NIH BCIG Brainstorming event – Personal health records for patients

I am grateful for Jim DeLeo and Carl Leonard for giving me a slot to run a brainstorming session at the National Institutes of Health’s Biomedical Computing Interest Group. I called the meeting because I wanted NIH patients to have access to their medical records in services like Google Health and Microsoft HealthVault.

We had a great turnout, over 20 people, all of whom had deep knowledge about different aspects of NIH’s electronic medical records infrastructure, and we began going through the challenges and opportunities for such an initiative. I took some notes but am leaving out the names of the contributors as I had forgotten to ask for their consent. If you read this and want some extra information about the event, please contact me directly at

One outcome I was particularly pleased with was that the few of us who were familiar with the Continuity of Care Record successfully pushed for adoption of this data standard. One of the EMR policy administrators said that she would include the standard in the next roll-out of the software, allowing export of patient data on an NIH computer in CCR format.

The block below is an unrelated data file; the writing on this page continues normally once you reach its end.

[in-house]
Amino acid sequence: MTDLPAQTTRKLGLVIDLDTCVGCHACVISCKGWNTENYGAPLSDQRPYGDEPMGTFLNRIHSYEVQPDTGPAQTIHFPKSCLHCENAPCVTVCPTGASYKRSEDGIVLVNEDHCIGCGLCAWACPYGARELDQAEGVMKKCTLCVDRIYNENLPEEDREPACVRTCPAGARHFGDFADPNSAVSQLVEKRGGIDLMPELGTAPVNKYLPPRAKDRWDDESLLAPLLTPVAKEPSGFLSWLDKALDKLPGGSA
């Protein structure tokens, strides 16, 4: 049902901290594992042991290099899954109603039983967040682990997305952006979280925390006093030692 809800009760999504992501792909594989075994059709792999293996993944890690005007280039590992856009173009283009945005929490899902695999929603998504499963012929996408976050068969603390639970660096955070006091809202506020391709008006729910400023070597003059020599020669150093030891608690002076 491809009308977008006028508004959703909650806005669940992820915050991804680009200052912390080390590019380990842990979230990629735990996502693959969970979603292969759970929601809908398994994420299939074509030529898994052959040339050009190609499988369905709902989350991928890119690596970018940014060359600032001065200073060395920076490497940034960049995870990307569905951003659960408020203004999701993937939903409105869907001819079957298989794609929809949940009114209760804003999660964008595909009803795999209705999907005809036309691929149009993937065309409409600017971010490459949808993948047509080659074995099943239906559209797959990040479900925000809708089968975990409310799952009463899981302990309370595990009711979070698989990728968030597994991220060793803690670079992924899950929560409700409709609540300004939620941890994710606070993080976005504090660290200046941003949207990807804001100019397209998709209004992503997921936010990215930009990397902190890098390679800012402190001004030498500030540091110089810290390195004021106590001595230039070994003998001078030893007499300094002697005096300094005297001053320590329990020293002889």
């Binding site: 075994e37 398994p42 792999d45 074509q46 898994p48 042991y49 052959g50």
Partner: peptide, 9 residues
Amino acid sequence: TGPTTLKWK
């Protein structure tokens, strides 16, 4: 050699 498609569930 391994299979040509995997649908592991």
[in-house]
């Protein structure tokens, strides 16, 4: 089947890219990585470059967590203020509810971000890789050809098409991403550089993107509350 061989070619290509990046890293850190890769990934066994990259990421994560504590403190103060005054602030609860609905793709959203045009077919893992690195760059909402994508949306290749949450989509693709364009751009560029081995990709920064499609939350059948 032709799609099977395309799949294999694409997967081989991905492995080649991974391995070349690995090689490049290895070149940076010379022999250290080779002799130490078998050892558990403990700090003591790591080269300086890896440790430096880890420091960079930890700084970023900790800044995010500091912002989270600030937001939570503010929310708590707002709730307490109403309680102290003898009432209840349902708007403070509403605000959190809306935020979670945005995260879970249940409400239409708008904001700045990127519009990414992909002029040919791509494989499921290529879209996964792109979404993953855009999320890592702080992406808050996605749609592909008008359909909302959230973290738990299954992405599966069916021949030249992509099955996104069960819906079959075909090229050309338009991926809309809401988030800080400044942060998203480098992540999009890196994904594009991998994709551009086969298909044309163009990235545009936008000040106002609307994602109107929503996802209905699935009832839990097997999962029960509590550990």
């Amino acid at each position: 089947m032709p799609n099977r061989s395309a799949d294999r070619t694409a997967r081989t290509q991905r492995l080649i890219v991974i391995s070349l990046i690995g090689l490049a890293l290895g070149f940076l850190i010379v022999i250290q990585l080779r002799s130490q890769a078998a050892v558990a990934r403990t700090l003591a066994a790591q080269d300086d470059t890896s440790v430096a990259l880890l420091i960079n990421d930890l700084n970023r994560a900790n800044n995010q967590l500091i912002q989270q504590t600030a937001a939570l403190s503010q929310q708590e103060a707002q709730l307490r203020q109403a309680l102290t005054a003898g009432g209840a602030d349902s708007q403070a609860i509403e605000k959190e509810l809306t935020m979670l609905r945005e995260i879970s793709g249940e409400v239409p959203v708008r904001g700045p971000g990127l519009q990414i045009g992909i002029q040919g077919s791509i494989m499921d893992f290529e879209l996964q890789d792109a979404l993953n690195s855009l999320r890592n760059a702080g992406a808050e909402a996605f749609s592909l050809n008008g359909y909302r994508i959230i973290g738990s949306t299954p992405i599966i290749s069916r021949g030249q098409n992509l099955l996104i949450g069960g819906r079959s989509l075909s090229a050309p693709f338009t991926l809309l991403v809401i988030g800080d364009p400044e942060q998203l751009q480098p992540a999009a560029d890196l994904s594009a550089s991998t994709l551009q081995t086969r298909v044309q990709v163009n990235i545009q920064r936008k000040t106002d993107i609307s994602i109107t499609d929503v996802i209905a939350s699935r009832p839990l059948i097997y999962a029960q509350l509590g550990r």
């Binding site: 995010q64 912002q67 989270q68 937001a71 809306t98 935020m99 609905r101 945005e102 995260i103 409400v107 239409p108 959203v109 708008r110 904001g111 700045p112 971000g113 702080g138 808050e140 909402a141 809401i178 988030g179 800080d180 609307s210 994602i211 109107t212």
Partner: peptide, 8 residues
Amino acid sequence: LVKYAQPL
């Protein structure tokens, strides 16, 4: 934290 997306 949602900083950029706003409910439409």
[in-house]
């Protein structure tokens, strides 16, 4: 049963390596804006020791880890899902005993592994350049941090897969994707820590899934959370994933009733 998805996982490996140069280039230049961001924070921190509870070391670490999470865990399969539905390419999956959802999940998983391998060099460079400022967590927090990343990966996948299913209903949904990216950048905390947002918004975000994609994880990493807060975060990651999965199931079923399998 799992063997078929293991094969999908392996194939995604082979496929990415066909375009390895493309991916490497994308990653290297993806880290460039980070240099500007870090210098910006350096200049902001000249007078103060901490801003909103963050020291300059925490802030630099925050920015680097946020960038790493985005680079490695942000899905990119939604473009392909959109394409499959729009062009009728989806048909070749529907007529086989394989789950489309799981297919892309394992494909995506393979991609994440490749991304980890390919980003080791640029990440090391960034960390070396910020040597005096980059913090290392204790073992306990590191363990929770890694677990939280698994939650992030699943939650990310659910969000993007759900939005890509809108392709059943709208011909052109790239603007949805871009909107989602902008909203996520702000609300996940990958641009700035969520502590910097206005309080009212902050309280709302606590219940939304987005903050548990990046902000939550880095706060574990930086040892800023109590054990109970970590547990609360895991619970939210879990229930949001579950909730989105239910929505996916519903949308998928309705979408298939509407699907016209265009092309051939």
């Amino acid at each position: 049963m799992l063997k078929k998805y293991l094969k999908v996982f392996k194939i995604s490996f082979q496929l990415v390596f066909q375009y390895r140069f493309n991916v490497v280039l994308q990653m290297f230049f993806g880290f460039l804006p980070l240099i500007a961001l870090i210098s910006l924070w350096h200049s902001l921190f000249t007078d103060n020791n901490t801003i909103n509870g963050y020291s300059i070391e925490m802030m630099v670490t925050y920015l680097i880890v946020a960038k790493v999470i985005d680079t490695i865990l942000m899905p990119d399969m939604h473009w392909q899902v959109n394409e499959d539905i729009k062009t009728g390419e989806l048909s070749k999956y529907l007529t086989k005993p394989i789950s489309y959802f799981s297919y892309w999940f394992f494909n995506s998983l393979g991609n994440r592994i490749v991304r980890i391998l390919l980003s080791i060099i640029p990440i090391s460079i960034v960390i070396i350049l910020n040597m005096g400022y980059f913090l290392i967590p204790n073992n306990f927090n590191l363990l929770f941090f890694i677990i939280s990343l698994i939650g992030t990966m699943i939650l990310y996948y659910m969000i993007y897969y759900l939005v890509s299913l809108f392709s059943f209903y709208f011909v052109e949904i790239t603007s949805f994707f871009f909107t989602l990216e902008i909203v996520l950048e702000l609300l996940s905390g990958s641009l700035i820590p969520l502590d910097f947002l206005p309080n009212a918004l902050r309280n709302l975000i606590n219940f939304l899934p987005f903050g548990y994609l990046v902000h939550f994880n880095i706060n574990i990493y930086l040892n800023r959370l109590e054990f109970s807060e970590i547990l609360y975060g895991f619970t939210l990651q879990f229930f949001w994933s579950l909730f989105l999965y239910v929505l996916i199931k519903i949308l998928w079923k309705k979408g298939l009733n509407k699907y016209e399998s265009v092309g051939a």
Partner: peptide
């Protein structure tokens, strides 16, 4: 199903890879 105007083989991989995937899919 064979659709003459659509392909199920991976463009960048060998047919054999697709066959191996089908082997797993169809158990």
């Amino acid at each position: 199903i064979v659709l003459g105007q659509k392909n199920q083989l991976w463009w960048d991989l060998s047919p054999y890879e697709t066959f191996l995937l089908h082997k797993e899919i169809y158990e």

Below is the list of challenges we identified:

1. Policy problems (of course)

  • built with NIH’s EMR vendor, which does have patient portal product, but this is not yet activated
  • medical executive committee raised this possibility 5 years ago but back then did not have a way of pulling out the data
  • NIH is exempt entity from HIPAA because it does not move data outside of NIH, but as soon as the data is transferred outside to PHRs, the legal questions begin

2. Need willingness of clinical investigator to hand over the data before it is published in papers (everyone in the room agreed that this should not be a concern, but that it is in reality).

3. Translation of SQL identifying data is optimized for transactions and not aspects
4. Must have data model that takes research needs into account, something the CCR is clearly deficient in

  • need right metadata, e.g. were you taking beta blockers at the same time?
  • e.g. analyte data will very over years if change machines – the rescaling of the data is done in the PI’s data warehouse, but not back in the original CRIS
  • e.g. Genechip analysis data requires information about how te sample was handled, chemical hybridization information, etc


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